If I were to give a player a contract like Heyward, I would expect big time returns. My main focus would not be how many defensive runs saved the player has or his WAR. What I would want is a guy to hit 25+ home runs and drive in 100+ RBI. Now I know RBI are a team statistic and depends where a guy hits in the order but superstar players are expected to put up big time numbers. After Sunday, Heyward is hitting .228/.318/.315 with 4 home runs and 28 RBI. I wanted to throw in the RBI because the Cubs offense is a top offense in baseball and there are plenty of RBI opportunities in that lineup.

Now I will not call the Heyward contract a bust because it has only been 3 and a half months. If I was Theo Epstein and the Cubs, I would be very concerned. Heyward hasn’t really shown signs of coming out of his season long slump. I think the advanced sabermetrics are valuable in today’s game but I do not think they should be used to determine a player’s dollar value.

Potential Hall of Famers

 

 

While I was watching the All-Star game, I was thinking about how many potential Hall of Famers were on both rosters. Now I did not want to get crazy with making outrageous predictions about players who have only been in the league for 2 years so I decided to look at players with at least 5 years of MLB experience. I chose 5 years because Mike Trout and Bryce Harper are two players that I believe could become Hall of Famers and have been in the league for 5 years. So let’s take a look.

  1. David Ortiz: .286/.380/.552                   WAR: 54                               525 Home Runs

The 2016 All-Star game was another part of the David Ortiz farewell tour. The announcers were talking about David Ortiz in the same sentence as Derek Jeter and Mario Rivera as ambassadors of the game. If Ortiz would become a Hall of Famer, he would become the first designated hitter to be elected into the Hall of Fame.  With Big Papi’s regular season numbers and his clutch performances in the playoffs, Ortiz really should be a lock for the Hall of Fame. His 3 World Series titles and 500+ home runs is a hell of a career. Ortiz’s name has come up with steroids so it will be interesting to see how the voters vote for Ortiz in 5 years.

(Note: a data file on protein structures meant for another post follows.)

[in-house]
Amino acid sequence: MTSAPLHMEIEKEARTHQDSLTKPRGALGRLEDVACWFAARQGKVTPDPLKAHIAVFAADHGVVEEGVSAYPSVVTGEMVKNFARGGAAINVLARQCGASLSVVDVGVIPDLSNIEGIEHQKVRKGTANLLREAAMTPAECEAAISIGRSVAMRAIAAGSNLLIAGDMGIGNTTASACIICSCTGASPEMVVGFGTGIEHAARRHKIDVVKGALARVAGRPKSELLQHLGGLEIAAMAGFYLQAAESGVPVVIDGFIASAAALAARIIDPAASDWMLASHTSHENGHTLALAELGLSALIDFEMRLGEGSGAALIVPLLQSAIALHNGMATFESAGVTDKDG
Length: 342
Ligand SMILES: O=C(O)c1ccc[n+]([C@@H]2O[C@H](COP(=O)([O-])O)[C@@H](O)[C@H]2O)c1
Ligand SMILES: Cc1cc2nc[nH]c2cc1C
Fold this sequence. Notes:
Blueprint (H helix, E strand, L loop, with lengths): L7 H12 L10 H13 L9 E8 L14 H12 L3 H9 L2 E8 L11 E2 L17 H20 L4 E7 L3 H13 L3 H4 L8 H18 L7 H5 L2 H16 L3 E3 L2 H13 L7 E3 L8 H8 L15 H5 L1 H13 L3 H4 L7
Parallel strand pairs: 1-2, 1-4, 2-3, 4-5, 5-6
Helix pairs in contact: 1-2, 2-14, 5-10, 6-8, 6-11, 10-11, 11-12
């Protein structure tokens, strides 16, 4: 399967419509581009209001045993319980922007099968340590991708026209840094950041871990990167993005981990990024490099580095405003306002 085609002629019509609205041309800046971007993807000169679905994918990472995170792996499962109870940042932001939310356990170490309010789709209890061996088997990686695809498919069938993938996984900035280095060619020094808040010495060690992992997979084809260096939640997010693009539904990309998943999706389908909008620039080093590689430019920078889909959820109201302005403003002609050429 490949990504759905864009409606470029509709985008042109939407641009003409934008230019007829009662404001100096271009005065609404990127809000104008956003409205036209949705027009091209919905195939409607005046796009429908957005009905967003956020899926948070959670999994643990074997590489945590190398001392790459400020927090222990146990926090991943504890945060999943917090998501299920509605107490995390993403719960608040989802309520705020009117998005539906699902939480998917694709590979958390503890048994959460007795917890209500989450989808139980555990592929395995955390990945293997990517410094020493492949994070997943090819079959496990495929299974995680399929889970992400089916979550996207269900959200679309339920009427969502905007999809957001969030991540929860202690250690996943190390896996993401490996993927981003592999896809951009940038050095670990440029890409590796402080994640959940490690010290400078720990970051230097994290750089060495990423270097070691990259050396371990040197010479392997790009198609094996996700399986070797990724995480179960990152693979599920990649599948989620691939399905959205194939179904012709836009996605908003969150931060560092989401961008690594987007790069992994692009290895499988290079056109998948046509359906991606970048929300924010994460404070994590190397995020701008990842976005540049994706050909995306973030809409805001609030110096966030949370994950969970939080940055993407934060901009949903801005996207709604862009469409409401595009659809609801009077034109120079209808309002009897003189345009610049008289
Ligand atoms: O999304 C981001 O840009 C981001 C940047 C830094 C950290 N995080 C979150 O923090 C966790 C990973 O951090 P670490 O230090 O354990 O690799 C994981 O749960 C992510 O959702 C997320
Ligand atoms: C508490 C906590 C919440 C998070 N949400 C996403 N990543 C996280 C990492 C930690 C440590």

1. Mike Trout: .306/.400/.560                   WAR: 43.6                           2014 MVP

Mike Trout is one of those once in a generation type of players and it is a shame that he plays on the West Coast. If Trout was on the East Coast, he would be one of the most talked about athletes in professional sports. Trout already has an MVP but what is remarkable is in his other 3 full MLB seasons, he was runner up for MVP. The average WAR of a Center Field Hall of Famer is 71.1 and Trout is already over half of the way there and he is only 24. As long as Mr. Trout can stay healthy, he will be a lock for the Hall of Fame.

 

  1. Bryce Harper: .284/.386/.514                   WAR:21.7                            2015 MVP

Harper’s career is off to a great start and he is still only 23.  He was one of those prospects that had outrageous projections and he is actually living up to be a superstar in the big leagues. His MVP last season will not be his last MVP he wins in his career. Trout is a 5 tool player and already has 116 career Home Runs. The average WAR of a Right Field Hall of Famer is 73.2 and Harper is well on his way towards adding his name to the list. Harper will be one of the faces of baseball for the next decade.

 

  1. Buster Posey: .309/.374/.483                   WAR: 31.6                           2012 MVP

In Posey’s first 8 seasons in the big leagues, he is a 3-time World Series champion. Posey is one of those glue guys that seems to hold everything together for a team. He is a fantastic player but he has the intangibles that can turn a good team into a great team. The average WAR of a Hall of Fame catcher is 52.7 and Posey’s career War right now is 31.6. By the time Posey’s career is over, he could be one of the most decorated catchers in MLB history.

 

  1. Jose Altuve: .309/.352/.429                   WAR: 18.4                           949 Hits